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Last glacial atmospheric CO2 decline due to widespread Pacific deep-water expansion

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Ocean circulation critically affects the global climate and atmospheric carbon dioxide through redistribution of heat and carbon in the Earth system. Despite intensive research, the nature of past ocean circulation changes remains elusive. Here we present deep-water carbonate ion concentration reconstructions for widely distributed locations in the Atlantic Ocean, where low carbonate ion concentrations indicate carbon-rich waters. These data show a low-carbonate-ion water mass that extended northward up to about 20° S in the South Atlantic at 3–4 km depth during the Last Glacial Maximum. In combination with radiocarbon ages, neodymium isotopes and carbon isotopes, we conclude that this low-carbonate-ion signal reflects a widespread expansion of carbon-rich Pacific deep waters into the South Atlantic, revealing a glacial deep Atlantic circulation scheme different than commonly considered. Comparison of high-resolution carbonate ion records from different water depths in the South Atlantic indicates that this Pacific deep-water expansion developed from approximately 38,000 to 28,000 years ago. We infer that its associated carbon sequestration may have contributed critically to the contemporaneous decline in atmospheric carbon dioxide, thereby helping to initiate the glacial maximum.
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1Research School of Earth Sciences, The Australian National University, Canberra, Australian Capital Territory, Australia. 2State Key Laboratory of Loess
and Quaternary Geology, Institute of Earth Environment, Chinese Academy of Sciences, Xi’an, China. 3Climate Change Research Centre, University of
New South Wales, Sydney, New South Wales, Australia. 4CAS Center for Excellence in Quaternary Science and Global Change, Xi’an, China. 5Open Studio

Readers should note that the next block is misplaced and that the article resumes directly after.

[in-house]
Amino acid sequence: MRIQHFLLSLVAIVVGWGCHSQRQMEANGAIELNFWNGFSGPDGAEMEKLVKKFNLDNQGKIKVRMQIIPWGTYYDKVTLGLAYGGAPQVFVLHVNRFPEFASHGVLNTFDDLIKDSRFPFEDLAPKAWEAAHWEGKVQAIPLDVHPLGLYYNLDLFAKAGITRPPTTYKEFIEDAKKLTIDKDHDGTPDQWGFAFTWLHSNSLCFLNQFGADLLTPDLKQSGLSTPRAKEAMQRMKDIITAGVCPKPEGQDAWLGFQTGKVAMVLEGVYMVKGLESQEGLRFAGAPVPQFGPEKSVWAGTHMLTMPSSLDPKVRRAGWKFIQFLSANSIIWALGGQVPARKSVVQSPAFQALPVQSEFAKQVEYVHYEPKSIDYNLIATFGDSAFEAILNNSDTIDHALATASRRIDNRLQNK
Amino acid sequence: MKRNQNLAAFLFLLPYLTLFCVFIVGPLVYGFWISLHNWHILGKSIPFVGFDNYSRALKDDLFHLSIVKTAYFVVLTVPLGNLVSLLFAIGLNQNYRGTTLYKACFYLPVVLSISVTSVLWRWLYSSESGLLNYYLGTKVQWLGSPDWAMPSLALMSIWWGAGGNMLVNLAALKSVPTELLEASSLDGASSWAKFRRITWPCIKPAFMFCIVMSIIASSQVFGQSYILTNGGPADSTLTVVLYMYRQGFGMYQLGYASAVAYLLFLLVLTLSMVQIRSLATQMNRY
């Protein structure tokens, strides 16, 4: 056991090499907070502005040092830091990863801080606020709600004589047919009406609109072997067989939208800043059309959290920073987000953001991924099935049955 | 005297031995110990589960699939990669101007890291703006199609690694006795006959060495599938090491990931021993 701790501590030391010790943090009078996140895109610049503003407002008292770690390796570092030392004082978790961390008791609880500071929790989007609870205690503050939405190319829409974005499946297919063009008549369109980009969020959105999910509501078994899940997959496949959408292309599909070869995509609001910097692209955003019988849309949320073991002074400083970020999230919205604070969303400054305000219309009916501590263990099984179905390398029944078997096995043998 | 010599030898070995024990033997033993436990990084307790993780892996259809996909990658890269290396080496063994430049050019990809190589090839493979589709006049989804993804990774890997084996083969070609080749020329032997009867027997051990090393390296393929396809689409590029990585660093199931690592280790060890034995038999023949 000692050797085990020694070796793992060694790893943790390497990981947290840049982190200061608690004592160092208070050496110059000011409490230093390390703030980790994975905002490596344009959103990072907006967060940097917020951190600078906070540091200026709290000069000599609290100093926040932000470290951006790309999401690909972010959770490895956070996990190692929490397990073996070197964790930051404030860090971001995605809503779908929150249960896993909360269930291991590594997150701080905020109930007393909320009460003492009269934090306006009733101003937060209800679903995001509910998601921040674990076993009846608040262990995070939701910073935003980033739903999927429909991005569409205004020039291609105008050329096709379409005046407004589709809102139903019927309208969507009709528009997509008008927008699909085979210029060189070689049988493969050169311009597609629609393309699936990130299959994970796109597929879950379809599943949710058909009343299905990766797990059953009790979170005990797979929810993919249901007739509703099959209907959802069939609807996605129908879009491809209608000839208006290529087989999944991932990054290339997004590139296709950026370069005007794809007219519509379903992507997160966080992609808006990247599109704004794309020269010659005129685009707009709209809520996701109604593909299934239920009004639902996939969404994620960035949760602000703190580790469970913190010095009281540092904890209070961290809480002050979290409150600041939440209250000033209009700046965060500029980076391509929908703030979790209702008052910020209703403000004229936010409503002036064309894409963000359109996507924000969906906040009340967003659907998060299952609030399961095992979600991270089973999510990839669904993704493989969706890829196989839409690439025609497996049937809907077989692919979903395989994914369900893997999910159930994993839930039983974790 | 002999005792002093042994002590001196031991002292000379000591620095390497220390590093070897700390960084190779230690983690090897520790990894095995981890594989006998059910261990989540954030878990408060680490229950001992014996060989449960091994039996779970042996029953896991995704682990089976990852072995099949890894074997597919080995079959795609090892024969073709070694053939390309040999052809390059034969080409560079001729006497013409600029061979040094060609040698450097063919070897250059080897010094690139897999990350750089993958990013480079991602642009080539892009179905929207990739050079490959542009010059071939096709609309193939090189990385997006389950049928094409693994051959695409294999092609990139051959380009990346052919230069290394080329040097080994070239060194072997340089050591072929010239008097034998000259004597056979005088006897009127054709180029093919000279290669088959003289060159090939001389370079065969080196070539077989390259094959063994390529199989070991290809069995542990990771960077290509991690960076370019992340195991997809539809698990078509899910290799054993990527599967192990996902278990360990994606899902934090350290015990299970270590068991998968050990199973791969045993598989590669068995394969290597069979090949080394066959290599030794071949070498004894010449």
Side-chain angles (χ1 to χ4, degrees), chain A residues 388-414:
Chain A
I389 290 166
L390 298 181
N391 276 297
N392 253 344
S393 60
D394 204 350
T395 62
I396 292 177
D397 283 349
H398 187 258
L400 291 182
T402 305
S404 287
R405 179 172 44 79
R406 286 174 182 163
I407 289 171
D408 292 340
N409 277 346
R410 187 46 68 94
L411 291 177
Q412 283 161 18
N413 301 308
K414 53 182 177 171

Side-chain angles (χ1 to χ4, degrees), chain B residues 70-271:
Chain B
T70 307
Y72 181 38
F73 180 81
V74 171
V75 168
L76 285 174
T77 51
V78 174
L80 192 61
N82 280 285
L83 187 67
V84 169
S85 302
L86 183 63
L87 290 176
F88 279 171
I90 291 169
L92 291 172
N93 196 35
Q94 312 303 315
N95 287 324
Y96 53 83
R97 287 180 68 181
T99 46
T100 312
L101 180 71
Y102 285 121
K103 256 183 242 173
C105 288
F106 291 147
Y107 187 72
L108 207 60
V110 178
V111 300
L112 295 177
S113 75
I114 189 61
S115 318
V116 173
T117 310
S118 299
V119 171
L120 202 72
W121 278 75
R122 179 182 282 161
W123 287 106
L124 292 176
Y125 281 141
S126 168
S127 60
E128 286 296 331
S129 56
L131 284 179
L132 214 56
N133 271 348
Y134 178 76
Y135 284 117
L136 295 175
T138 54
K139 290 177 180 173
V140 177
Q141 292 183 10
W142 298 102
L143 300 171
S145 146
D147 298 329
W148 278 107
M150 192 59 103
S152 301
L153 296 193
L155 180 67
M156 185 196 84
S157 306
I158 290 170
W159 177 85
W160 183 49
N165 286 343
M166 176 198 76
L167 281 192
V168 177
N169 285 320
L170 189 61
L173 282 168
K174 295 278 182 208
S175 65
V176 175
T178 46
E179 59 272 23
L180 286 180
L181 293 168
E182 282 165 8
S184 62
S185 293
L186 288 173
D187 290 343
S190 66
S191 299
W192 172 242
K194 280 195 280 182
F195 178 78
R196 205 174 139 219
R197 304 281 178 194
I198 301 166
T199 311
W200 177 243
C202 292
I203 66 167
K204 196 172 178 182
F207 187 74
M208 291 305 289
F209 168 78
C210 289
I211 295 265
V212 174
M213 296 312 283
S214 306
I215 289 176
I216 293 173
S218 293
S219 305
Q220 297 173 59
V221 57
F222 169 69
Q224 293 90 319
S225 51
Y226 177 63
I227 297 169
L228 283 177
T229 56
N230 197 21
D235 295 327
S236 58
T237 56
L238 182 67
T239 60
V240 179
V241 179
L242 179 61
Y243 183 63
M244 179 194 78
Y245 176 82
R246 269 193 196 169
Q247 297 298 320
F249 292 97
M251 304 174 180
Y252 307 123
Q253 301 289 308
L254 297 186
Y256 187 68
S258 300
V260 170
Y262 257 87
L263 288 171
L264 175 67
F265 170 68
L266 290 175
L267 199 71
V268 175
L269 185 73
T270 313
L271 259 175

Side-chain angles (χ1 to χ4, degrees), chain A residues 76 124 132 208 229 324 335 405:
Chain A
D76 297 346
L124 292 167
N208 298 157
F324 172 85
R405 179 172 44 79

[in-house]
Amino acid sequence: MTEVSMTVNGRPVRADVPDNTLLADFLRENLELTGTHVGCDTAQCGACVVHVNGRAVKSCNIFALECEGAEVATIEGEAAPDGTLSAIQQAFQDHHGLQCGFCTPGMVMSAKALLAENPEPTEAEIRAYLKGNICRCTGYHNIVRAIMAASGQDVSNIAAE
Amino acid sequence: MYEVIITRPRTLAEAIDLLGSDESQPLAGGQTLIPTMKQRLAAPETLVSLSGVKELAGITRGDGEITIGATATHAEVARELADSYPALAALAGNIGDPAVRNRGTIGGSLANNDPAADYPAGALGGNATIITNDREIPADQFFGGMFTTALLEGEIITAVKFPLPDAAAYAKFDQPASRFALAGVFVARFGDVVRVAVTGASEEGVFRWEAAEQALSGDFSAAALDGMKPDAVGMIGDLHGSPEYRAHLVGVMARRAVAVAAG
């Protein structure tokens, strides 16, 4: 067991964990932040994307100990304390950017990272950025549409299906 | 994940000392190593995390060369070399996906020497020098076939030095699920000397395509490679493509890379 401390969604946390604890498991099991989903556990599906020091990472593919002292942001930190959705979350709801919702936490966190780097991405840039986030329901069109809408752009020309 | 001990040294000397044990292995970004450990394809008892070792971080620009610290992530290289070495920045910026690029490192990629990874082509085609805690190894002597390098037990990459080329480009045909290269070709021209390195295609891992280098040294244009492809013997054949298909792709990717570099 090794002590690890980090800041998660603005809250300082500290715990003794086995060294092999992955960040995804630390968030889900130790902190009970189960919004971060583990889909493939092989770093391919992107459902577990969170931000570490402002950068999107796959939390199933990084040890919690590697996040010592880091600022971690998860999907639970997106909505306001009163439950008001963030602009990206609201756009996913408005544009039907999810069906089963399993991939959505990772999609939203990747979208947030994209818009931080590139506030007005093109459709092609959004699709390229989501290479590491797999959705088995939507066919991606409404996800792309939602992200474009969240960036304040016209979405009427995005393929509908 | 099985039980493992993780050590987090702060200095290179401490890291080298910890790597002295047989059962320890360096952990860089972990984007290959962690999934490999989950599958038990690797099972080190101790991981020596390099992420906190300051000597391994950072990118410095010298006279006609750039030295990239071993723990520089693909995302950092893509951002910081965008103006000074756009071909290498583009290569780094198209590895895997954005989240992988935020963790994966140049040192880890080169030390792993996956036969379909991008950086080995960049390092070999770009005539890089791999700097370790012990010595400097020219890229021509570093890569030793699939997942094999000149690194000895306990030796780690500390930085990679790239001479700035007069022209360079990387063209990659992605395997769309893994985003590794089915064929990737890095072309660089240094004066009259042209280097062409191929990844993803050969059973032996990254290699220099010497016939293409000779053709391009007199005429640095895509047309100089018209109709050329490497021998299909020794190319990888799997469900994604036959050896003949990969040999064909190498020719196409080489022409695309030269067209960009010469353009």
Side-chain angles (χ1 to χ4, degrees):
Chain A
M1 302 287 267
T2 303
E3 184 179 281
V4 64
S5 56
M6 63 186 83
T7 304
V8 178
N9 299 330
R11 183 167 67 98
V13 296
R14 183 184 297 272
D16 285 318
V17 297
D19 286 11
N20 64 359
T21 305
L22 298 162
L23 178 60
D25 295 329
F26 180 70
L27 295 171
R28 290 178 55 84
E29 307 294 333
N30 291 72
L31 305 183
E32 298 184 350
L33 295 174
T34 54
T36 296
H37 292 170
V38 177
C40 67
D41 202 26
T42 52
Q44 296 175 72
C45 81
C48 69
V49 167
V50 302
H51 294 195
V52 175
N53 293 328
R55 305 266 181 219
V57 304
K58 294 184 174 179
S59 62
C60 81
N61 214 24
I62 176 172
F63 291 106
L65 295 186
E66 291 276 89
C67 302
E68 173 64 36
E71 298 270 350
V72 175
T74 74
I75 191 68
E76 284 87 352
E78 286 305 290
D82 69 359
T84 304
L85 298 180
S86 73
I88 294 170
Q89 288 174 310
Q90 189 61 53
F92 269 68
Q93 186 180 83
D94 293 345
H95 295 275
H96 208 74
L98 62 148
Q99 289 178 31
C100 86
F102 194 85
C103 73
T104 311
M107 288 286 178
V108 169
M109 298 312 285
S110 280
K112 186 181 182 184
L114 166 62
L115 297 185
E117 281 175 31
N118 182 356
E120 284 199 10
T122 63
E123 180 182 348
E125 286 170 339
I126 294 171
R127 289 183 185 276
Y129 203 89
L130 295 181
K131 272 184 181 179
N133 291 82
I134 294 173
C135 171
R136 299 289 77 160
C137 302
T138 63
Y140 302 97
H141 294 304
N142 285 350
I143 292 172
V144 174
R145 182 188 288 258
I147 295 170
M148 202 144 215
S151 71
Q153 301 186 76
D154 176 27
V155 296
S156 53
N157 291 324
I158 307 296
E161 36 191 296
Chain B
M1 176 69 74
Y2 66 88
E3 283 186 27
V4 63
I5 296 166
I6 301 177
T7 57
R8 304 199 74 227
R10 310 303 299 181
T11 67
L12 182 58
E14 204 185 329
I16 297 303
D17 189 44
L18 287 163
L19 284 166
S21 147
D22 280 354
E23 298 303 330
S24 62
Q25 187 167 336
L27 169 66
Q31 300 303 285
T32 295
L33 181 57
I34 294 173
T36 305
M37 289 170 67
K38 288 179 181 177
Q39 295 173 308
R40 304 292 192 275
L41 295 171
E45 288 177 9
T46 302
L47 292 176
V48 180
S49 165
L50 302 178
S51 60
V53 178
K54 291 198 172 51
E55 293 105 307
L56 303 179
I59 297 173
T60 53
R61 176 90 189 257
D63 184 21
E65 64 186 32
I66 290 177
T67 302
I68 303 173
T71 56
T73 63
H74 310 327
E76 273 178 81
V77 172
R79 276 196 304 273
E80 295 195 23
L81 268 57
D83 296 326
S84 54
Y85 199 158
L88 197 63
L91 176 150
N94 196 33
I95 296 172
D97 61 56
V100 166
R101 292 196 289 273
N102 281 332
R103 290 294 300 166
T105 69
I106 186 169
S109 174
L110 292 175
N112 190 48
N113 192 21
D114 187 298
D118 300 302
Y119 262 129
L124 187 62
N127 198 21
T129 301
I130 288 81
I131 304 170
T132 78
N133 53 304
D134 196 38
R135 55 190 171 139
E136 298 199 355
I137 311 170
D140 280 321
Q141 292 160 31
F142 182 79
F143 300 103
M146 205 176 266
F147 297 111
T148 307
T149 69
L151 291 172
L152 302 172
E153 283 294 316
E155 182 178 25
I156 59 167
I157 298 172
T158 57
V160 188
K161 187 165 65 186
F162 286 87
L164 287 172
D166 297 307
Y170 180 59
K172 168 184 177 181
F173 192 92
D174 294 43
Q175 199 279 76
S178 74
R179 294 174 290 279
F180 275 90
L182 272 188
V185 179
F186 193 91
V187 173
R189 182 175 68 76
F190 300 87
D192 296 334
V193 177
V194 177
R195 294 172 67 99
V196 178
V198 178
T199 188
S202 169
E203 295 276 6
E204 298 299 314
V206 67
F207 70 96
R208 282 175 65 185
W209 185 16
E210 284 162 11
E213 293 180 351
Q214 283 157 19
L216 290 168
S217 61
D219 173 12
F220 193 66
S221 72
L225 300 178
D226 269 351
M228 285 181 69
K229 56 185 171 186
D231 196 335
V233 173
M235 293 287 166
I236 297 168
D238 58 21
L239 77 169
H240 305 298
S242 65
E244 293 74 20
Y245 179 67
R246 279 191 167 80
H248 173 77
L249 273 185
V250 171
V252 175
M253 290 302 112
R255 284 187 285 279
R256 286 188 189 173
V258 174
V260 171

for Oceanic–Continental Climate and Environment Changes, Qingdao National Laboratory for Marine Science and Technology, Qingdao, China.
6Lamont–Doherty Earth Observatory, Columbia University, New York, NY, USA. 7State Key Laboratory of Marine Geology, Tongji University, Shanghai,
China. 8Department of Earth Sciences, University of Cambridge, Cambridge, UK. 9Ocean and Earth Science, National Oceanography Centre, University
of Southampton, Southampton, UK. 10Centro de Investigación Mariña, GEOMA, Palaeoclimatology Lab, Universidade de Vigo, Vigo, Spain.
Ocean circulation and the carbon cycle are intricately linked,
thus ocean circulation reconstructions can provide impor-
tant insights into the mechanisms of past atmospheric CO2
changes. Circulation in the deep (more than ~2.5 km) Atlantic dur-
ing the Last Glacial Maximum (LGM; 18–22 thousand years ago
(ka)) is traditionally viewed as following a mixing model between
deep waters formed in the basin’s polar regions, without much con-
tribution from waters from other oceans14. Using this long-held
ocean circulation model, however, it is difficult to explain the
observed older radiocarbon (14C) ages and more radiogenic neo-
dymium isotopic (εNd) signatures at ~3.8 km than at ~5 km in the
LGM South Atlantic5,6 (Fig. 1). Burke etal.7 showed that sluggish
recirculation of southern-sourced waters combined with reduced
mixing with 14C-rich northern-sourced waters can contribute to old
14C ages at ~3.8 km, in the absence of interocean water-mass inter-
actions. Yet, additional mechanisms are probably needed to fully
explain the depth structure and large magnitude of 14C age changes,
along with the more radiogenic εNd signal observed at 3.8 km
(Fig. 1). Pacific Deep Water (PDW) can notably affect deglacial εNd
signatures in the Drake Passage (Southern Ocean)8, but their role in
the deep South Atlantic during the LGM remains unexplored. PDW